What and how one chooses to photograph depends of course on one’s personal interests and predilections. I am an architect and my interest in the city lies principally in its buildings — their forms, materials and interrelationships — and its unique, water-bound urbanism. More specifically, I am drawn to particular buildings, many well-known, many less so; I hesitate to call myself a photographer because I am motivated by portraying architecture or urbanism that interests me, rather than by composing photographs. This desire to use photographs to record buildings means that, more often than not, I do my best to use the ever-shifting light available to enhance, or at least avoid compromising, the recording of form, texture and colour. Venice’s glowing half-light is particularly complementary to this approach. Occasionally I cannot help but try to photograph the fleeting effect of the light itself, but this is not my primary motivation.  For others, of course, it is these ephemeral moments or anonymous but characterful details that are of primary interest in photographing the city. For others still, the built form of the city is a backdrop, a stage set, on which life is played out.

Santa Maria della Salute and Doge's Palace

Santa Maria della Salute Doge's Palace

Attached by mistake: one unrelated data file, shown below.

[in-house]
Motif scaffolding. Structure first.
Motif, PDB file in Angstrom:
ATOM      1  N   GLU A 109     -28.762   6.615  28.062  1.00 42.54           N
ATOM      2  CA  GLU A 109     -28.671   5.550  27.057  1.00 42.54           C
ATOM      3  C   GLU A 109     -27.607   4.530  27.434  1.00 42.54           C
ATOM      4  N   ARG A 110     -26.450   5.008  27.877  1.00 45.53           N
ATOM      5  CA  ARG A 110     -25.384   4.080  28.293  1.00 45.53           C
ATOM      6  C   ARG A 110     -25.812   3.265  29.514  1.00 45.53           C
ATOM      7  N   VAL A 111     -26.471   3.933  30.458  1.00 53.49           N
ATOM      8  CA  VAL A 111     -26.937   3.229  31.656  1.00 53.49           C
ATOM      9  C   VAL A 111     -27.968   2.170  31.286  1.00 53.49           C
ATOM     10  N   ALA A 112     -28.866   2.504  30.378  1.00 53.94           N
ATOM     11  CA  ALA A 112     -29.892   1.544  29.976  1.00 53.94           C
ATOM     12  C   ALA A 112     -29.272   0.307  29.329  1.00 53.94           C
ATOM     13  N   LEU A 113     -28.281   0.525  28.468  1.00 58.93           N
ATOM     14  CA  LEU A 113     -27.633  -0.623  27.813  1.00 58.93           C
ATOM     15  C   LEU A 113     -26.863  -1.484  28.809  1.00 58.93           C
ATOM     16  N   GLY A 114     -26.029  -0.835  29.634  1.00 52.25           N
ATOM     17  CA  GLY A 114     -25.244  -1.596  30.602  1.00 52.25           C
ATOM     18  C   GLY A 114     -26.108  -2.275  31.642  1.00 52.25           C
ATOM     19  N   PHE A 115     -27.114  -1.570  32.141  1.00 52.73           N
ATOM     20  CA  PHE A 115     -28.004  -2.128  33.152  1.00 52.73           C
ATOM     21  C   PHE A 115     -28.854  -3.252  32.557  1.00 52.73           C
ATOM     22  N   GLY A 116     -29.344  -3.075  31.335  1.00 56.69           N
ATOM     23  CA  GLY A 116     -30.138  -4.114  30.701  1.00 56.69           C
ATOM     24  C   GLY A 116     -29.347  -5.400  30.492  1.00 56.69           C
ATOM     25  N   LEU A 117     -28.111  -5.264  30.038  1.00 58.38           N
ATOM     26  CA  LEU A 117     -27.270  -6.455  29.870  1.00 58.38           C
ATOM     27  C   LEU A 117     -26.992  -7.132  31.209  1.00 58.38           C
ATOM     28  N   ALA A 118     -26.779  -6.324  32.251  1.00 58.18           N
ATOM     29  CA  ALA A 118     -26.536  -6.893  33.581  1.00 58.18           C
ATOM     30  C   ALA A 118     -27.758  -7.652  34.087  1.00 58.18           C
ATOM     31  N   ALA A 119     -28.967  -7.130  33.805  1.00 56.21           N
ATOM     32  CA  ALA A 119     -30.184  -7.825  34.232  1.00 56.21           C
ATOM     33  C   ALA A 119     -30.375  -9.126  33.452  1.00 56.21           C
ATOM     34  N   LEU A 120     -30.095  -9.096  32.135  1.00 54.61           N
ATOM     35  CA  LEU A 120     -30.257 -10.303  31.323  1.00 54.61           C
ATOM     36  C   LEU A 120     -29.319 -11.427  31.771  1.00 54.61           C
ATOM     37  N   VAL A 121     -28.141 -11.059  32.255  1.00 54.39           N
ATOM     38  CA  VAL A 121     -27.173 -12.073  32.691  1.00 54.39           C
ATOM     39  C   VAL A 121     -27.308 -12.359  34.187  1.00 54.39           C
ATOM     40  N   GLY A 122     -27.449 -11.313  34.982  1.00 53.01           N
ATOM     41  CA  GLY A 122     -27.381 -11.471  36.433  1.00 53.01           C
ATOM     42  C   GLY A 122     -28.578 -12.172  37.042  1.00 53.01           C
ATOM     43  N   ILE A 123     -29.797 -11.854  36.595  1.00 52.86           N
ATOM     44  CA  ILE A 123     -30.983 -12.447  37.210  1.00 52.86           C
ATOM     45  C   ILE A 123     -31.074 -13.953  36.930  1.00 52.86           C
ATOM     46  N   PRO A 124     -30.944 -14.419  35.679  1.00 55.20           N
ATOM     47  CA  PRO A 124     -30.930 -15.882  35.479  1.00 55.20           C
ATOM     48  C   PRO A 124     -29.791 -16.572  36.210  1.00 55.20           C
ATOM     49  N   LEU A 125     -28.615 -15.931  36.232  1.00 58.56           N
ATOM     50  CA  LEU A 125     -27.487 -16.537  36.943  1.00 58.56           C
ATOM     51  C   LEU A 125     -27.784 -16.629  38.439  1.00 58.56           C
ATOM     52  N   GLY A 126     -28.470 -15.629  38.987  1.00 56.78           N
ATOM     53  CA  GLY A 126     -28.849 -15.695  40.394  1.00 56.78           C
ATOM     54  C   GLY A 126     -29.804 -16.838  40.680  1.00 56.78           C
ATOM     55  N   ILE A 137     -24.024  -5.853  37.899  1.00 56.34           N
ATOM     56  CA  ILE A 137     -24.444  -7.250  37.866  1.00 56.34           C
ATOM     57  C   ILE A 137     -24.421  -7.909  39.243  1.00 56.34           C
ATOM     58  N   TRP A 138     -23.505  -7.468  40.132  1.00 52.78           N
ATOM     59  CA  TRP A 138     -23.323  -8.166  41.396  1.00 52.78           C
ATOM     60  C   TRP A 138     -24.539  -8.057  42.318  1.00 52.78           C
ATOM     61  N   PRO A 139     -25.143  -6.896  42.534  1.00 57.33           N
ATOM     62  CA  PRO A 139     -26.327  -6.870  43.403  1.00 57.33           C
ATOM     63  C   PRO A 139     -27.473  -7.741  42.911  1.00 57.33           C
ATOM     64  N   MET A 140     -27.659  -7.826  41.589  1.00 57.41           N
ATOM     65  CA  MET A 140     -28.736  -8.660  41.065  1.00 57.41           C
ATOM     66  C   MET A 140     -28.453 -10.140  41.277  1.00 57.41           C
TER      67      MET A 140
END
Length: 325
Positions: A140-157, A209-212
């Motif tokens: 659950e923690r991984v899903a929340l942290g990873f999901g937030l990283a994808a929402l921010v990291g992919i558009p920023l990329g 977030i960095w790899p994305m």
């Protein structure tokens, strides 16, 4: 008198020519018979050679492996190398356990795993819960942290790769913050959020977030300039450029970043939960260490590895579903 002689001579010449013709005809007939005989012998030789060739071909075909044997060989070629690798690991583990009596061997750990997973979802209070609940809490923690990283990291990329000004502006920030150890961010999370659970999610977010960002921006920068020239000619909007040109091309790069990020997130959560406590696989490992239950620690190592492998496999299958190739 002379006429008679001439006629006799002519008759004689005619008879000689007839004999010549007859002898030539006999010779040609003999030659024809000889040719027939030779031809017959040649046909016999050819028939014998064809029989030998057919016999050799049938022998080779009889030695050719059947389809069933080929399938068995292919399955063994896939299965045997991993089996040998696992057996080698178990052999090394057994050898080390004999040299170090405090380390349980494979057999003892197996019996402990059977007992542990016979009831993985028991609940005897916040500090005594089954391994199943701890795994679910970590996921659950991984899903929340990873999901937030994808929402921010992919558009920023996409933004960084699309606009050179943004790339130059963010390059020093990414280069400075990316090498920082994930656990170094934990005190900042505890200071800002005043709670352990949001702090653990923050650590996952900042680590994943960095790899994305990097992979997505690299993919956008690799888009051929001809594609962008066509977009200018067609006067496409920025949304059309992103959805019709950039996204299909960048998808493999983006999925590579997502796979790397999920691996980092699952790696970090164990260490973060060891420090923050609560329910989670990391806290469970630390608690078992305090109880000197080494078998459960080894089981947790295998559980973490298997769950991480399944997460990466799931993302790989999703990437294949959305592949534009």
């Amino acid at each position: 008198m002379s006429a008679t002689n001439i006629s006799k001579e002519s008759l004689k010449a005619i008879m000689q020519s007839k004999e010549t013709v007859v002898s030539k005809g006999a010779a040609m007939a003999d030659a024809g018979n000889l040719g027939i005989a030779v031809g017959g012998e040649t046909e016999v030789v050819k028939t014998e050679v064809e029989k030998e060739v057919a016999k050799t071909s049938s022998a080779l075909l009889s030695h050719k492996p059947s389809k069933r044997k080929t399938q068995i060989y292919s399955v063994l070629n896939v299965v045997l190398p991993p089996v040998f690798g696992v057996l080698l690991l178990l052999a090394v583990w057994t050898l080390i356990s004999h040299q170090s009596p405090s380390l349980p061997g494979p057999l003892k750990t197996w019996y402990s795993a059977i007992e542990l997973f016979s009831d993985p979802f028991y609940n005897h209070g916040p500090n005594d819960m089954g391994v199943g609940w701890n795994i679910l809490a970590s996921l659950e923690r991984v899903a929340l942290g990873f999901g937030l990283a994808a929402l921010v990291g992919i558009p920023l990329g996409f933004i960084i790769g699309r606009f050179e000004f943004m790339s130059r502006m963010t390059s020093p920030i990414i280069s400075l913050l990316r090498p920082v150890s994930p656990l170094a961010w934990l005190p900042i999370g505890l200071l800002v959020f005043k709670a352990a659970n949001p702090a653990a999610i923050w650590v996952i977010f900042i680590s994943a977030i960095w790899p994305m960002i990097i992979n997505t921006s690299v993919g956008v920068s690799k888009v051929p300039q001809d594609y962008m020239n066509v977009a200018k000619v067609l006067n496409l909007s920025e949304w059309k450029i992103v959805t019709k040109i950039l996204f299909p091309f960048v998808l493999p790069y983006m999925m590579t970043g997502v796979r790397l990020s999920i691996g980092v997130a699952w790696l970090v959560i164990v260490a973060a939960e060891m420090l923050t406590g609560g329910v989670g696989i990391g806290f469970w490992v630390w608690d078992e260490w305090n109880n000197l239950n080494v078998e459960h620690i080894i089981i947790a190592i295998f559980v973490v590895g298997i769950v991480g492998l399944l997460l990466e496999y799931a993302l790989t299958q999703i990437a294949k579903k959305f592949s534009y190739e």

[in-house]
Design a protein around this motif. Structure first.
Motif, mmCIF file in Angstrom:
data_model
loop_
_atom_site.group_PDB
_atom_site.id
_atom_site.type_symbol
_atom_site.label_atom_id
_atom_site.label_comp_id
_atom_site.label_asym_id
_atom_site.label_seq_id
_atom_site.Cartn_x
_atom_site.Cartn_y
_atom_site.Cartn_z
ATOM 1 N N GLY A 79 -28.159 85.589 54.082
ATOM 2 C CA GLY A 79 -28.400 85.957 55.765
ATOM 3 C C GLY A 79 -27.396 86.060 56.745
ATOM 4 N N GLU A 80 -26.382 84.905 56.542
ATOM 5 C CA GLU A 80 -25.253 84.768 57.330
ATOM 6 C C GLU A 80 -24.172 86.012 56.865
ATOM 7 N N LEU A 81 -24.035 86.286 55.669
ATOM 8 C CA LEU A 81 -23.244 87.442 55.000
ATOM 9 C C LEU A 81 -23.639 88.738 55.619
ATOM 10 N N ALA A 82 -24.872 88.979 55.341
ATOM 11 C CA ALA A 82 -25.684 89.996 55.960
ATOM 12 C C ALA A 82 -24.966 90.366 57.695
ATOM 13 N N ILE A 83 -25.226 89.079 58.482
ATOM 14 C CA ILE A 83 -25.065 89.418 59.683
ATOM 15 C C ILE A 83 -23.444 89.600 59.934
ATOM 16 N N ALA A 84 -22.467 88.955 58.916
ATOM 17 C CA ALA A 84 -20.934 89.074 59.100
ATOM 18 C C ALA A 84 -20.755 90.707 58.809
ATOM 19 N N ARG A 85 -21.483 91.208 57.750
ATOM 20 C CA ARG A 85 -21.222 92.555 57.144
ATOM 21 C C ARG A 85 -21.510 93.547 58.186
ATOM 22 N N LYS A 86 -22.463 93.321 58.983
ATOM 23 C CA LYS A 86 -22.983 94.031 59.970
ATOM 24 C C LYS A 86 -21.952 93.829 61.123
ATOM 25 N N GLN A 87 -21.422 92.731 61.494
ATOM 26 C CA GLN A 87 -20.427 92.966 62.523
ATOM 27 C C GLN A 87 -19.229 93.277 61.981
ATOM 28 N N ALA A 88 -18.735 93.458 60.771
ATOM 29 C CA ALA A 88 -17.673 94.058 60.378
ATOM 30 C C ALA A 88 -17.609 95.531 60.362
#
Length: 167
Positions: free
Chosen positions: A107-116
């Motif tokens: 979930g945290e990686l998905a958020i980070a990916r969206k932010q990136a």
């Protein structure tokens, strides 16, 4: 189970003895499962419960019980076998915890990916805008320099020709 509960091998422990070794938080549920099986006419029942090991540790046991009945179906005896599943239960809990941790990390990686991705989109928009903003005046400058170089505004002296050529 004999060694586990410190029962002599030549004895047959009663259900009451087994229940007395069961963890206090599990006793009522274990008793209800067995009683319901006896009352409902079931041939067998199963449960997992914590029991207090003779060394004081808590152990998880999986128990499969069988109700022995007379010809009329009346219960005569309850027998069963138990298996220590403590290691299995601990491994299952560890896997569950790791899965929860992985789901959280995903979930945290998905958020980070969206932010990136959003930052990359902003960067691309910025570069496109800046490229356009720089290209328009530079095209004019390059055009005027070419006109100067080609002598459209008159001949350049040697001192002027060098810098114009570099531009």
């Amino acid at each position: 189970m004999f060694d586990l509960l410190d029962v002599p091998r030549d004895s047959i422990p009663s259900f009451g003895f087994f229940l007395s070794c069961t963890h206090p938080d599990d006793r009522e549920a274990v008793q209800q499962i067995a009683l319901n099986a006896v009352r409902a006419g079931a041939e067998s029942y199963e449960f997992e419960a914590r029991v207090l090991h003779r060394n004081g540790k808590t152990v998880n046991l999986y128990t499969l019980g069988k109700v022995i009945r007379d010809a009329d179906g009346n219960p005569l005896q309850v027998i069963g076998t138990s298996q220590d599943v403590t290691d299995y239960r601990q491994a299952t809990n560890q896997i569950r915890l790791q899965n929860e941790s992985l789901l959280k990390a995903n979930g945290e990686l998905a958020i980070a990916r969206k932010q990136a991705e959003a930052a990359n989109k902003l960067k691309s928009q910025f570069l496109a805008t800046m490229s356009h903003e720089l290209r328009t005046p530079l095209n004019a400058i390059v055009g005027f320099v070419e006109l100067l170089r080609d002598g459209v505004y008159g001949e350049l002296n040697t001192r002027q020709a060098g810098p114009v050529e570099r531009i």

While the static nature of architecture and the predictable movement of light generally make finding a photograph an easier task than the unpredictability of humanity does, Venice poses its own practical challenges. The inability to stand in many of its main thoroughfares means that the opportunities for composing a photograph are often severely limited, though the satisfaction of finding these opportunities either by chance or by the hopeful planning of detours to the ends of quite anonymous alleyways is keenly felt. The total absence of natural topography stands in contrast to this ever-present watery obstacle, though the effect of limiting one’s freedom of movement is comparable. In addition, however, there are no dramatic views here of a city tumbling down into a valley or buildings perched high above public spaces to enliven the composition of a photograph. Nature offers little vitality or irregularity to complement or soften the built form, other than at the small scale of very real, but undeniably picturesque, decay or the occasional hint of a garden beyond high walls. The cityscape can only be grasped from a distance, across the lagoon or from atop a campanile, whence the view is one of isolated towers rising at alarming angles into the sky above a resolutely flat if turbulent sea of terracotta roofs. From such viewpoints the fragility of the city is laid shockingly bare, its anonymous masses huddled desperately close together for mutual support, all furiously treading water on the interminably flat horizon between the unbroken blue vastness of ocean and sky as the lagoon sucks menacingly at their foundations. It feels healthy to occasionally sober oneself to reality from such vantage points before succumbing once more to the allure of city and returning to the intoxicating maze of water, colour and light with a renewed impetus to discover.